Villas-Boas’s methodical approach aimed to derive his own clear understanding rather than work from an inherited one. The transformation of the club’s foundation is also a test of it strength and capability. After a thorough analysis, the foundation’s cracks and soft spots will be exposed, even if they turn out to be the same ones he could have simply received as truth.
With this initial faith in an inherited squad, Villas-Boas has the belief in his own value and capacity to shape the same material into a more successful team. If at the end of this structural analysis he determines that the he or the squad have failed to make the most of the opportunity handed to them, then it is with this same self-belief and capacity that Villas-Boas will make changes before his paced approach looks anything like a miscalculation. Juan Mata signals the first decisive response to the conclusions Villas-Boas has drawn from Chelsea’s initial performances. Other signings may follow. Luka Modric is still a target, while left-back Alvaro Pereira and versatile midfielder João Moutinho are now on Chelsea’s radar.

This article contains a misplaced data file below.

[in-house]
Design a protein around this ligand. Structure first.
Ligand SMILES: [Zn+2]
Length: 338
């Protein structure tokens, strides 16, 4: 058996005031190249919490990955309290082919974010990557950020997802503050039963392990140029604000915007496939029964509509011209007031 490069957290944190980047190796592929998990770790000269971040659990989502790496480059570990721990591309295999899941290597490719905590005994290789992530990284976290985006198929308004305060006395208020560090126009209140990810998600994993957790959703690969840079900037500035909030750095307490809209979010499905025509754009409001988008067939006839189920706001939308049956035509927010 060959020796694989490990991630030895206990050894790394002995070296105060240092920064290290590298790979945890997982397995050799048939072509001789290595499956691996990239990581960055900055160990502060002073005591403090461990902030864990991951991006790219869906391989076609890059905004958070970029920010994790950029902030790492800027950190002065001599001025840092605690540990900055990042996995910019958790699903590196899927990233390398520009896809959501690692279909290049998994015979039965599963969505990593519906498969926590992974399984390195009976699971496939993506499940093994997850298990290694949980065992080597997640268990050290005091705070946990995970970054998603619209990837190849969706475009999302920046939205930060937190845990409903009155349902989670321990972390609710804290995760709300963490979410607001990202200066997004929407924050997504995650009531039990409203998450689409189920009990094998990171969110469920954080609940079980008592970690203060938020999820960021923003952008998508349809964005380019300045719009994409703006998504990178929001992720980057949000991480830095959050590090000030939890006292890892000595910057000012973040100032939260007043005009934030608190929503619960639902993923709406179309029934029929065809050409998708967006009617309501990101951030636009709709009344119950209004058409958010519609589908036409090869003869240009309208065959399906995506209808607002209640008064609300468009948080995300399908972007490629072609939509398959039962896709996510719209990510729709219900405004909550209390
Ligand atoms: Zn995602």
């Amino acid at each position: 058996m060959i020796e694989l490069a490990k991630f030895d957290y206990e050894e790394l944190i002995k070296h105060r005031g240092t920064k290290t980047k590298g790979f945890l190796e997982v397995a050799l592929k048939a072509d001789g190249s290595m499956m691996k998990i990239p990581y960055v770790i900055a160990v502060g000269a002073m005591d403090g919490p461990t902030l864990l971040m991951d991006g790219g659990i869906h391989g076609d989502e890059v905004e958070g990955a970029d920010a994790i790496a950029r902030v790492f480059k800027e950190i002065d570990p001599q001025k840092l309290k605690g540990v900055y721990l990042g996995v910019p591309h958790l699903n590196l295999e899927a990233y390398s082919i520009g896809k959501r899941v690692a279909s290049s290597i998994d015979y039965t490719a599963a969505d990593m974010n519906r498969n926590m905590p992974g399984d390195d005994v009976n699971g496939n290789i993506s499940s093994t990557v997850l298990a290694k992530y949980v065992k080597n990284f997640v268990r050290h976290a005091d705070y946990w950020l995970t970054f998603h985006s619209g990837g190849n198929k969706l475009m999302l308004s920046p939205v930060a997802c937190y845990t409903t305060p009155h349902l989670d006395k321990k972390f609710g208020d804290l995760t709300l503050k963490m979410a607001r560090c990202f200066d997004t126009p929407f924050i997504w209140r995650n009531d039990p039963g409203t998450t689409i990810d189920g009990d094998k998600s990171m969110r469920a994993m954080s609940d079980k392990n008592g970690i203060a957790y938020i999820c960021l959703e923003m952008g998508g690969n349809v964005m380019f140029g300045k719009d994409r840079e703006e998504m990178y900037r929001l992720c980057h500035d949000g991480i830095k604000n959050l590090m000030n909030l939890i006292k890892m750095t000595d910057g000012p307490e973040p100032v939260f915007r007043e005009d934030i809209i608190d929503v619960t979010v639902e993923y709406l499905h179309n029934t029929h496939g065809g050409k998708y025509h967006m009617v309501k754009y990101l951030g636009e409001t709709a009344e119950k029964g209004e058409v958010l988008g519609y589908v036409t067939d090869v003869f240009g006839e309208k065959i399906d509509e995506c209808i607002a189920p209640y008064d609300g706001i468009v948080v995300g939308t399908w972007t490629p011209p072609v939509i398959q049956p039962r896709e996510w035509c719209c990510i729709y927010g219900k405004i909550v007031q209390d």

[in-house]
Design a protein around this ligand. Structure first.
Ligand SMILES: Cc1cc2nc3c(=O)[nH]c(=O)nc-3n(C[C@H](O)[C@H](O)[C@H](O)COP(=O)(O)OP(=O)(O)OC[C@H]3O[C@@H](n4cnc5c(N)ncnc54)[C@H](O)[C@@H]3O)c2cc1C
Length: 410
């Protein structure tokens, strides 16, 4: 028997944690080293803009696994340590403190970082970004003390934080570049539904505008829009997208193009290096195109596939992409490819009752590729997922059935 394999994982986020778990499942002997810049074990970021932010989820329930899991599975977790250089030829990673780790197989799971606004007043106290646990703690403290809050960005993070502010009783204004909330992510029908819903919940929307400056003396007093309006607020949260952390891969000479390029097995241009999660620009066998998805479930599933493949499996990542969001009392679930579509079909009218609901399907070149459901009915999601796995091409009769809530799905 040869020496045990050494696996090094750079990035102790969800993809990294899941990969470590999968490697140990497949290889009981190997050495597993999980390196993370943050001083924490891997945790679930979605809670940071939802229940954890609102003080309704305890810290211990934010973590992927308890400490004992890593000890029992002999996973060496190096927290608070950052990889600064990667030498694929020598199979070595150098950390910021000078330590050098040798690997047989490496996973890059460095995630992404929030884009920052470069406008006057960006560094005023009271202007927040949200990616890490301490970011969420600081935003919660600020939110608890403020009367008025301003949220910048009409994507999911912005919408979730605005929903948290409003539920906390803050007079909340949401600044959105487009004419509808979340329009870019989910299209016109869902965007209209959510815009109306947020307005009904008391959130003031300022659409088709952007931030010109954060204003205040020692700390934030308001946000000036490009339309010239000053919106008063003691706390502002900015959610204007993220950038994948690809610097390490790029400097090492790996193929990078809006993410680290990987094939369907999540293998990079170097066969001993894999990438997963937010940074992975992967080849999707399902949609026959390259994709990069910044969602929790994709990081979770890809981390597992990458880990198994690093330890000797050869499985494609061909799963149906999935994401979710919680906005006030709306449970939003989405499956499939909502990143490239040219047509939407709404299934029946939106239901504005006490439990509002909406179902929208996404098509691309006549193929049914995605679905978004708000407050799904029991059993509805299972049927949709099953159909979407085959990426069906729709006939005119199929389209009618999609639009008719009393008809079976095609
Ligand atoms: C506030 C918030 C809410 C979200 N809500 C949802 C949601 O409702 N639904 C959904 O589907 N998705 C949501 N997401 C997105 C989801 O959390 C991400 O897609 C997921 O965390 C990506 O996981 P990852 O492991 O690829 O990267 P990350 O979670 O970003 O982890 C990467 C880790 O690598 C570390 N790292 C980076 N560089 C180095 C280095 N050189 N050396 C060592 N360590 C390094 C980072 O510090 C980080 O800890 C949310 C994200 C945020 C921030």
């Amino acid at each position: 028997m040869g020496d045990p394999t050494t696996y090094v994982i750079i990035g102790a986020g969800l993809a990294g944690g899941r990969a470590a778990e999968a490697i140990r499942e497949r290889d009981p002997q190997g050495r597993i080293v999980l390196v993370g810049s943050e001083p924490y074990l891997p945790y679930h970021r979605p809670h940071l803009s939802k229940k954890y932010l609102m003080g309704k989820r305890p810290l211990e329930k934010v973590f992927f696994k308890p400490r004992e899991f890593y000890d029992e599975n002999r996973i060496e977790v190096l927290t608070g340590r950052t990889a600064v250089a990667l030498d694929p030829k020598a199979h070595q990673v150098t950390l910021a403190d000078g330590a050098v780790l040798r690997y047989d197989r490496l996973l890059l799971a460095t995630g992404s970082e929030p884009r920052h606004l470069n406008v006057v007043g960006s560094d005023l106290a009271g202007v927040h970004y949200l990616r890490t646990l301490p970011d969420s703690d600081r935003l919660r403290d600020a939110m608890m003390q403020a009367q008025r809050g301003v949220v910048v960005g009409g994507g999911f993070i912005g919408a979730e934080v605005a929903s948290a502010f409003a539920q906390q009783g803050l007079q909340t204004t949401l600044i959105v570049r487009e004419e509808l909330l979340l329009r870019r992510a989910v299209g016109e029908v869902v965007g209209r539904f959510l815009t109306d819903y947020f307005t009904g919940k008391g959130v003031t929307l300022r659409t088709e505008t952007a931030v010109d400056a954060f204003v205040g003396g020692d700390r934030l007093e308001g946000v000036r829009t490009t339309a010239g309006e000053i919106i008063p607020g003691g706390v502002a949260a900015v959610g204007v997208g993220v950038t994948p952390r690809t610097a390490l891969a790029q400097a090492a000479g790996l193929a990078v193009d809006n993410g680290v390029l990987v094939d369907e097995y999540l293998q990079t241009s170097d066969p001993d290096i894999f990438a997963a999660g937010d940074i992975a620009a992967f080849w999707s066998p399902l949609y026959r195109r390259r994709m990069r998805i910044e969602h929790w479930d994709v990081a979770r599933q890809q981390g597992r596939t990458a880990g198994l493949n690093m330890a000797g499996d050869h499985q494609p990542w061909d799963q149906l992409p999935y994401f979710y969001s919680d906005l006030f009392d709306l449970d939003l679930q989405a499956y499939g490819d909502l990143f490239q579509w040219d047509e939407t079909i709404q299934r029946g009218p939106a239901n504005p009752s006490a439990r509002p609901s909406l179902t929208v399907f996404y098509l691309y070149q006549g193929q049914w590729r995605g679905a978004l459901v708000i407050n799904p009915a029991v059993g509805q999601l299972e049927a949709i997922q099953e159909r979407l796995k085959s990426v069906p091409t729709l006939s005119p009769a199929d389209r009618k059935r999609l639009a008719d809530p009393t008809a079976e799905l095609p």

There is additionally a little of the owner in him—that rare something one needs to rapidly rise through the personal and professional ranks at a very young age as Roman Abramovich did in the decade before he purchased Chelsea. Abramovich will demand quick and decisive decisions from his new manager in return for the gift of patience.
There is little time for experimentation and second chances at Chelsea. Villas-Boas’s methodical and patient analysis of the squad must come to an end and offer conclusive answers. With the transfer window closing in three days, he can afford to give his squad as much time as possible to display what they have been missing, but movement in the transfer market must be decisive. The club’s deep pockets may remove the deliberation of details that end in the midnight fax, but it can’t change the deadline. The first great test of his philosophy of methodical patience and decisive action is the compression of time. Later it will become a question of judgment.